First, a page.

AudioGreat breaks achieve a positive strategic goal back to the show. They communicate, both in content and presentation, something about the show plot. Breaks which score are real, relevant, and fun. They earn you valuable images. Here are some breaks by Reynolds Group shows which achieve this.
Are hairy chests back in vogue? Jim and Kim, Fresh 102.7, New York City saw this survey and, targeting women, believed it was a good topic to interact about with the audience. They also decided to talk with famous hairy chest celebrity Tom Selleck to get his take. They actually had an interview already scheduled with Selleck and realized they could’ve used that time to let him sell his TV show or have fun with him around a topic more appealing to the broader female audience. They chose the latter and put together this more entertaining content break.
Anyone can do a Hollywood Report. But only Bill Tanner, on Cliff and Company on KSON, San Diego, can do one that rhymes. This strong, hourly benchmark draws in extra cume because it’s content is relevant and fun to listen to!
Justin Bieber goes crazy on a photographer trying to take his picture and you have a tailor-made phone topic about public meltdowns. Fernando & Greg, 99.7 NOW San Francisco’s morning team, did just that in this easy, yet very well designed segment of radio. This highlights the value of telling stories. Listeners calling to tell about the time they lost it in public, with the team laughing along, mining the story for more gold. In PPM, these segments perform very well because they’re engaging and entertaining.
One of the objectives for Reynolds Group shows is to secure an image that the audience feels their favorite morning show is just like them. Each Monday on John and Tammy, KSON San Diego’s great morning show, we do a feature called “The Report Card”. Predicated under the belief that the show talks about its spouses as part of our content, we give the spouses equal time to “grade” the co-host they’re married to on how they were as a husband or wife in the previous week. Here is a terrific example of how we’re positioning John as the typical (good) husband, believing the audience will connect with him more deeply.
Quirky takes on big topics are always remembered. Several weeks ago, America found out about a woman who spent so much time in a tanning salon (she went several times a day) she altered her skin tone. So, Jim and Kim on Fresh 102.7, New York City, decided to call a local Sherwin Williams to see if they could color match the woman’s new pigment. This left-of-center approach made these few minutes really innovative around the big topic, making the listeners want to come back the next day so they don’t miss anything.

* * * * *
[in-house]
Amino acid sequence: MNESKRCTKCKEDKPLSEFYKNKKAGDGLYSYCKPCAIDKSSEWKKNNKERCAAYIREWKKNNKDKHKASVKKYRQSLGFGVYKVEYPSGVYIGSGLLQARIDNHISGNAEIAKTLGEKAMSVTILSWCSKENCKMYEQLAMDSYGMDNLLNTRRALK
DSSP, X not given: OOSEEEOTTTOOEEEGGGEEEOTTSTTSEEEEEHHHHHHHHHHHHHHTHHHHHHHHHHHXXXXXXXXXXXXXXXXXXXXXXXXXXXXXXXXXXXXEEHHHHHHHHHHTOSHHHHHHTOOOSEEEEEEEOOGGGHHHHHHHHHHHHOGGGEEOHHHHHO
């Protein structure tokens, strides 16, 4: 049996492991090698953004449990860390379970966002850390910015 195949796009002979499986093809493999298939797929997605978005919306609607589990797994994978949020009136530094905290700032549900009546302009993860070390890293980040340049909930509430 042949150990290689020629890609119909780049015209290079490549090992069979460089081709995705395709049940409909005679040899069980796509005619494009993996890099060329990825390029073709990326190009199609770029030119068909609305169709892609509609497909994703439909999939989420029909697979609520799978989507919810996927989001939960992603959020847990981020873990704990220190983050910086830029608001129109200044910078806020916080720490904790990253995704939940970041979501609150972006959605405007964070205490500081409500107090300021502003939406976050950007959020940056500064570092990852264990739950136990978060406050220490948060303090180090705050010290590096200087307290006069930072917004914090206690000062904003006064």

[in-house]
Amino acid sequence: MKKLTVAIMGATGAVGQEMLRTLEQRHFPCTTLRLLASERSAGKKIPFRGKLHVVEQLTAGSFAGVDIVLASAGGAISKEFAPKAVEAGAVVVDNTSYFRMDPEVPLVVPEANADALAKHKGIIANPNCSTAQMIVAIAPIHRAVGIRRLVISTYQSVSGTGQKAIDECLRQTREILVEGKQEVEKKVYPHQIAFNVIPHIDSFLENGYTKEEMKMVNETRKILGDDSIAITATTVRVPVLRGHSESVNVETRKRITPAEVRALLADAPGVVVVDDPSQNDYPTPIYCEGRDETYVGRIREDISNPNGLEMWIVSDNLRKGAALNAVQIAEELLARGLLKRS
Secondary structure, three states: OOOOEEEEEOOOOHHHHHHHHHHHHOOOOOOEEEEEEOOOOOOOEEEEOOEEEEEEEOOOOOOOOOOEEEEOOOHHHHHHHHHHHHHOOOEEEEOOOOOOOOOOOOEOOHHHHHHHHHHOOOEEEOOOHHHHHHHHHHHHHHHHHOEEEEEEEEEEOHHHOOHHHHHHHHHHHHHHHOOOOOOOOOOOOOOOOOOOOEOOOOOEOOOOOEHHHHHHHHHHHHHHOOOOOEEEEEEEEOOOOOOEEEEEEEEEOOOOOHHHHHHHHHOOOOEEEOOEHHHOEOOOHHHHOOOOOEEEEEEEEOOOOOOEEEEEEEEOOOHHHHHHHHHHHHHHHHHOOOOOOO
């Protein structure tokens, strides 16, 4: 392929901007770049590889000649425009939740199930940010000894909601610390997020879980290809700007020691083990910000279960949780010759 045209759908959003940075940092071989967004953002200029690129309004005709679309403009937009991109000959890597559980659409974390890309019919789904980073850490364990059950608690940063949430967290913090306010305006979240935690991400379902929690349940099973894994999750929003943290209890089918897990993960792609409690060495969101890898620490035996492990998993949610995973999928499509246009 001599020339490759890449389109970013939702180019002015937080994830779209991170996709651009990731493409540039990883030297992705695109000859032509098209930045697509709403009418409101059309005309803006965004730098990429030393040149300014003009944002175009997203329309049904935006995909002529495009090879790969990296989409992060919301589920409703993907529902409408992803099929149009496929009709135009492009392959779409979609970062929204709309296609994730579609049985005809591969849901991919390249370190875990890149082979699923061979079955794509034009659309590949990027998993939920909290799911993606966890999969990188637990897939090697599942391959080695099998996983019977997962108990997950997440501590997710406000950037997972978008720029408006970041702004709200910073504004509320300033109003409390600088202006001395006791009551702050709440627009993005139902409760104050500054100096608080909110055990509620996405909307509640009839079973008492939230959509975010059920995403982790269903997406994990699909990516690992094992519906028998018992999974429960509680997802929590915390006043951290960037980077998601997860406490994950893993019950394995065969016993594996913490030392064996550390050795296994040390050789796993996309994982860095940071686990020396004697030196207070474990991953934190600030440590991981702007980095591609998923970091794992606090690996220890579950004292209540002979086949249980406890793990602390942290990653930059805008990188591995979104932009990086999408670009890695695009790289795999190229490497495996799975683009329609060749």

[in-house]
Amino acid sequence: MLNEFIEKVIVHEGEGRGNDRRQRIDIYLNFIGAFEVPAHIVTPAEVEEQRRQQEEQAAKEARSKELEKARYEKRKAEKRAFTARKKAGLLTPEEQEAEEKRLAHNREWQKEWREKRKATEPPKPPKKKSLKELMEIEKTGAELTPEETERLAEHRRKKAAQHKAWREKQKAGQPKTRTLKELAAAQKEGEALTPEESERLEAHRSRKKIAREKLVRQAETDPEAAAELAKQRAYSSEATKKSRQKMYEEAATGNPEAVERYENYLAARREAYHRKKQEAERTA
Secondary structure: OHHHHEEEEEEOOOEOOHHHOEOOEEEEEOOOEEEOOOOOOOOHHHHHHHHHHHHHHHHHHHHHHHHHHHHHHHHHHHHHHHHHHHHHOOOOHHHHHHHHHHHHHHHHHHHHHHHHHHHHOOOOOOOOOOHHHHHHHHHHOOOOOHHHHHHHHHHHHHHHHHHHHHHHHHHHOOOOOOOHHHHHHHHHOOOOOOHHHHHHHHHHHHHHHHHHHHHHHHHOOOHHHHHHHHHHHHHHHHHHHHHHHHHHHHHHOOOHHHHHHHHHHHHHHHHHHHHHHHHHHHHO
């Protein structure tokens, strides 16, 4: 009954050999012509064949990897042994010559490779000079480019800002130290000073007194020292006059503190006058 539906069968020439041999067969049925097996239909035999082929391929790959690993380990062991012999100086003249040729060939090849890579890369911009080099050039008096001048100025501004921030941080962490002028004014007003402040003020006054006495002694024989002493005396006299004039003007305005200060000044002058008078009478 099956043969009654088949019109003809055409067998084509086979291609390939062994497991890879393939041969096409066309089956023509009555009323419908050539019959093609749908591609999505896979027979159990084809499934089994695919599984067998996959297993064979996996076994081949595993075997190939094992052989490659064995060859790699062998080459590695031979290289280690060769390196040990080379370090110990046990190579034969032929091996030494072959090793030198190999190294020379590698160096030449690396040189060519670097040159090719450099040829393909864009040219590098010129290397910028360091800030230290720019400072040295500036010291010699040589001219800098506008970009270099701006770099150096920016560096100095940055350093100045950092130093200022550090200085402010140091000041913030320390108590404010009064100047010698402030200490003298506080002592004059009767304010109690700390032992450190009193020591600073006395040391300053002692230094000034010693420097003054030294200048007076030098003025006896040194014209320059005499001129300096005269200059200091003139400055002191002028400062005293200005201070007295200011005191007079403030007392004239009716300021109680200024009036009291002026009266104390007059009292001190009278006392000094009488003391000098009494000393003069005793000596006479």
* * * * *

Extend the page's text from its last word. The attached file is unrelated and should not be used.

Tiffany & Michael at B101, Philadelphia had a chance to talk to Jerry Springer a while ago. What’s great about this interview are the topics they chose to talk with him about. It didn’t center around whatever he was selling, it was around very high equity topics: Oprah retiring, Dancing with the Stars, Thanksgiving, and wrapped up with a question-and-answer session where they got him to reveal things about his life that are intriguing. Tiffany & Michael were masters in this interview at choosing topics to talk with Jerry about that a wide swath of the audience were interested in.
Here’s a well thought out bit done by Drex and Maney, KISS 95.1, Charlotte back around Mother’s Day. This is called “Messin’ with Mom” where listeners called their moms to have fun with them. Two things of note in how this was constructed: first they had Cassidy, the female on the show, call her mom so the audience would get the bit. They could have told the audience how it was going to go, but they demonstrated it (and did character development in the process). Then, just before they did it with the listener, they explained the entire scenario of what she’d say to her mom so the audience could get focused just on the mom’s reaction.
Here is a flawless interview done by Karlson and McKenzie, WZLX, Boston’s highly rated morning show. Interviewing classic rock legend Gregg Allman about a biography he wrote, they did several smart things to turn this bad interview into a great, highly entertaining one: they read the book prior to the interview and explored with Allman the parts that most intrigued them. Allman is notoriously difficult to interview, often giving one word answers. They kept at it, continuing to explore the stories that interested them. In a stroke of terrific honesty for the audience, they challenged him on not wanting to answer questions to things that were in his own book. Then, once it got really bad, they ended the interview, stayed respectful, and blamed themselves for how it went, heightening how entertaining it was. This interview was prepped and handled perfectly.
Great phones on morning shows should be about story-telling. Kyle and Rachel, Radio Now, Indianapolis, waded into stories about the weird things that happened at a wedding (Kyle had one to go to and an old story about accidentally setting something on fire). Time, then, for listener calls. Here is a fun segment of callers. They’re short, highly engaging, and fun to hear for those tuning in. Oftentimes, listener calls are about opinions or yes/no answers to questions. These kinds of phones are never as good as hearing entertaining stories.
With this being the weekend of Cinco de Mayo, Eddie and JoBo on KHITS, Chicago played a fun game called “Cinco de Mayo (my-oh) or Cinco de Mayo (may-oh)”. They had a guy on staff say a sentence in Spanish. The sentence either referenced something around the Mexican holiday or it had to do with mayonnaise. A nice quirky twist and a really fun dimension to a break.